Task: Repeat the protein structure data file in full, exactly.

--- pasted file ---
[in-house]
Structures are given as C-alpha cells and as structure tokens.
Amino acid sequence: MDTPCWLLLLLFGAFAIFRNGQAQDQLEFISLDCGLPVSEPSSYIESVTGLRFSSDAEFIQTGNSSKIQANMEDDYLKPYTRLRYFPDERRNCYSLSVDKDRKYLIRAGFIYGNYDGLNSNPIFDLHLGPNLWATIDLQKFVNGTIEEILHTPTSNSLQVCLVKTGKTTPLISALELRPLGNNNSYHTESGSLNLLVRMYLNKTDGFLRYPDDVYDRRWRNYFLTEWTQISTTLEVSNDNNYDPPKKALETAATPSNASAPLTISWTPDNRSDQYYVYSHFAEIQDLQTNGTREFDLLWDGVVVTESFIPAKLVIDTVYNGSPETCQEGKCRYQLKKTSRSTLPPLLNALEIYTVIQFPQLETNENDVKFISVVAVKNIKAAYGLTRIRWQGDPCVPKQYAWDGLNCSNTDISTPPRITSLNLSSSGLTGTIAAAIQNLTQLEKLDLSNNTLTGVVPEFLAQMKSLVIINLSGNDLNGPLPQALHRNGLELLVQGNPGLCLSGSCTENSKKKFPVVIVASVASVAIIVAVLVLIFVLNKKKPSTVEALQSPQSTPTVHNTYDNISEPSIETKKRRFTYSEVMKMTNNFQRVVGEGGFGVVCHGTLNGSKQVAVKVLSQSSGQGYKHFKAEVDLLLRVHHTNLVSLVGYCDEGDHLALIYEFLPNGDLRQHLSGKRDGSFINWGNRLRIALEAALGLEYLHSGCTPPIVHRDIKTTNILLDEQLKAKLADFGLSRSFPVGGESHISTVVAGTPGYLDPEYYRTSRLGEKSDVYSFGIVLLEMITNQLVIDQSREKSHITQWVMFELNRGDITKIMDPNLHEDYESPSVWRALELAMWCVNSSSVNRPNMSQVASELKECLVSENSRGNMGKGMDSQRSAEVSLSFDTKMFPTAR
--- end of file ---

[in-house]
Structures are given as C-alpha cells and as structure tokens.
Amino acid sequence: MDTPCWLLLLLFGAFAIFRNGQAQDQLEFISLDCGLPVSEPSSYIESVTGLRFSSDAEFIQTGNSSKIQANMEDDYLKPYTRLRYFPDERRNCYSLSVDKDRKYLIRAGFIYGNYDGLNSNPIFDLHLGPNLWATIDLQKFVNGTIEEILHTPTSNSLQVCLVKTGKTTPLISALELRPLGNNNSYHTESGSLNLLVRMYLNKTDGFLRYPDDVYDRRWRNYFLTEWTQISTTLEVSNDNNYDPPKKALETAATPSNASAPLTISWTPDNRSDQYYVYSHFAEIQDLQTNGTREFDLLWDGVVVTESFIPAKLVIDTVYNGSPETCQEGKCRYQLKKTSRSTLPPLLNALEIYTVIQFPQLETNENDVKFISVVAVKNIKAAYGLTRIRWQGDPCVPKQYAWDGLNCSNTDISTPPRITSLNLSSSGLTGTIAAAIQNLTQLEKLDLSNNTLTGVVPEFLAQMKSLVIINLSGNDLNGPLPQALHRNGLELLVQGNPGLCLSGSCTENSKKKFPVVIVASVASVAIIVAVLVLIFVLNKKKPSTVEALQSPQSTPTVHNTYDNISEPSIETKKRRFTYSEVMKMTNNFQRVVGEGGFGVVCHGTLNGSKQVAVKVLSQSSGQGYKHFKAEVDLLLRVHHTNLVSLVGYCDEGDHLALIYEFLPNGDLRQHLSGKRDGSFINWGNRLRIALEAALGLEYLHSGCTPPIVHRDIKTTNILLDEQLKAKLADFGLSRSFPVGGESHISTVVAGTPGYLDPEYYRTSRLGEKSDVYSFGIVLLEMITNQLVIDQSREKSHITQWVMFELNRGDITKIMDPNLHEDYESPSVWRALELAMWCVNSSSVNRPNMSQVASELKECLVSENSRGNMGKGMDSQRSAEVSLSFDTKMFPTAR